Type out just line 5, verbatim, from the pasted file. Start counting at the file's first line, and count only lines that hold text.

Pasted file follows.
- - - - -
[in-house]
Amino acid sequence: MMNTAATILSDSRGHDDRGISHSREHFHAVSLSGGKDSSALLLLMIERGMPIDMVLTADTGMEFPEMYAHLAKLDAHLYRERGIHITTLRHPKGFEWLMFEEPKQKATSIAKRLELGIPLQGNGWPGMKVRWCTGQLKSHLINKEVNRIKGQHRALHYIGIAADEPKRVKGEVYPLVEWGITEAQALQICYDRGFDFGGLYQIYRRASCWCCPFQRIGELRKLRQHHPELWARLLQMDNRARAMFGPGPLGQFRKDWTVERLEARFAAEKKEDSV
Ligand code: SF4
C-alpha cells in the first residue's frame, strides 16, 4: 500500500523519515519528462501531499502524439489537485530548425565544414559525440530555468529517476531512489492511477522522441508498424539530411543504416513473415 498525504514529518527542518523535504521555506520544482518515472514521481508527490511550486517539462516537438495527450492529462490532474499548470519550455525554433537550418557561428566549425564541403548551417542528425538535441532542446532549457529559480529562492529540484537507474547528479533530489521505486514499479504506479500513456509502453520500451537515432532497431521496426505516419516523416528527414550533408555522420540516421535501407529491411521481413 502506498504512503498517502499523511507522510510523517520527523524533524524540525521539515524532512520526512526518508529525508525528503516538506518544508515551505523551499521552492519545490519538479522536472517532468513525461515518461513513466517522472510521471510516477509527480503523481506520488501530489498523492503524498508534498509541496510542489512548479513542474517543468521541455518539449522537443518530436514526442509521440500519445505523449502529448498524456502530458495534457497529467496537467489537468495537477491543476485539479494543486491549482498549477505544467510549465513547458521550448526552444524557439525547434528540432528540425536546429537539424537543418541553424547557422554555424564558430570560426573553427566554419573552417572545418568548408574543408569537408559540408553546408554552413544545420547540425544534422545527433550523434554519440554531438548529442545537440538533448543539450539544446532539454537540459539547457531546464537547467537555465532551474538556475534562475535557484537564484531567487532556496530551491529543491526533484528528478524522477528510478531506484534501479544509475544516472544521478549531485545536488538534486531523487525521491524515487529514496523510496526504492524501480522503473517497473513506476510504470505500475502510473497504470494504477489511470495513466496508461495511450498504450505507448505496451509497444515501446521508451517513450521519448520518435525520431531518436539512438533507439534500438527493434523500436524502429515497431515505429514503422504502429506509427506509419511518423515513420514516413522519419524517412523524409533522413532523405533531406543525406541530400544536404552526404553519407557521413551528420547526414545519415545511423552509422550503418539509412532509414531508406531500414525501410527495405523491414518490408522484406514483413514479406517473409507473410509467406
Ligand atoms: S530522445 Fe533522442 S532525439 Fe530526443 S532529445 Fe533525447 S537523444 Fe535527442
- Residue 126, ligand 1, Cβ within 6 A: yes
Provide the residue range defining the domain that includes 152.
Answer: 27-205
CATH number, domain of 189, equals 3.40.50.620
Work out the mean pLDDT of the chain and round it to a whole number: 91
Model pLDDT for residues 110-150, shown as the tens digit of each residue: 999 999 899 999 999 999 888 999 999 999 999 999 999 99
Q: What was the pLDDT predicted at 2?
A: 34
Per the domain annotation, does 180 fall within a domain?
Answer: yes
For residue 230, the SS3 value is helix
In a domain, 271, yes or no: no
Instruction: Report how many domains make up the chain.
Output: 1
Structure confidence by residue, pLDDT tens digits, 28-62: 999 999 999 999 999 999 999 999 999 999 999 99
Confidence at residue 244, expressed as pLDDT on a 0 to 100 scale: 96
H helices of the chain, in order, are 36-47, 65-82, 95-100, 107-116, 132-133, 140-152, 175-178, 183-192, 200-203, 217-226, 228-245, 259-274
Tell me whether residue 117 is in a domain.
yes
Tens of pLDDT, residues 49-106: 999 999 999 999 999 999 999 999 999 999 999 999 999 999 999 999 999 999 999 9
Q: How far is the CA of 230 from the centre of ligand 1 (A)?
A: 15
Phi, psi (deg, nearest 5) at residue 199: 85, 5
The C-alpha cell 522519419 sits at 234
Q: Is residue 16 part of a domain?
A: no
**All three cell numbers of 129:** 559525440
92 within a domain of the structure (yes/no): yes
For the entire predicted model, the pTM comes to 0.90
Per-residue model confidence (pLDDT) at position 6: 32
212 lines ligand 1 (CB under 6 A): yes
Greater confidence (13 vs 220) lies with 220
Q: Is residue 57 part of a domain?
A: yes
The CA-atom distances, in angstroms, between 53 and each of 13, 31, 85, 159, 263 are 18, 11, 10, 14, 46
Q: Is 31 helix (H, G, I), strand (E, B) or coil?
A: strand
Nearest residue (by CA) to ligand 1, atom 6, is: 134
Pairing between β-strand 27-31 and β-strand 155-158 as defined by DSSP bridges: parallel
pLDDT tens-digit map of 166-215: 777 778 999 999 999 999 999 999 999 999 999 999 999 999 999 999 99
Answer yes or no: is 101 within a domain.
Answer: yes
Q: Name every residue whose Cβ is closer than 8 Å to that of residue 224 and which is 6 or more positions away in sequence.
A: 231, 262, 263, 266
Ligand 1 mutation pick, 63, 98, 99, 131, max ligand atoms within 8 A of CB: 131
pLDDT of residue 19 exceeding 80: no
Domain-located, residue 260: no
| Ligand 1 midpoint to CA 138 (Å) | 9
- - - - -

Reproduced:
Ligand atoms: S530522445 Fe533522442 S532525439 Fe530526443 S532529445 Fe533525447 S537523444 Fe535527442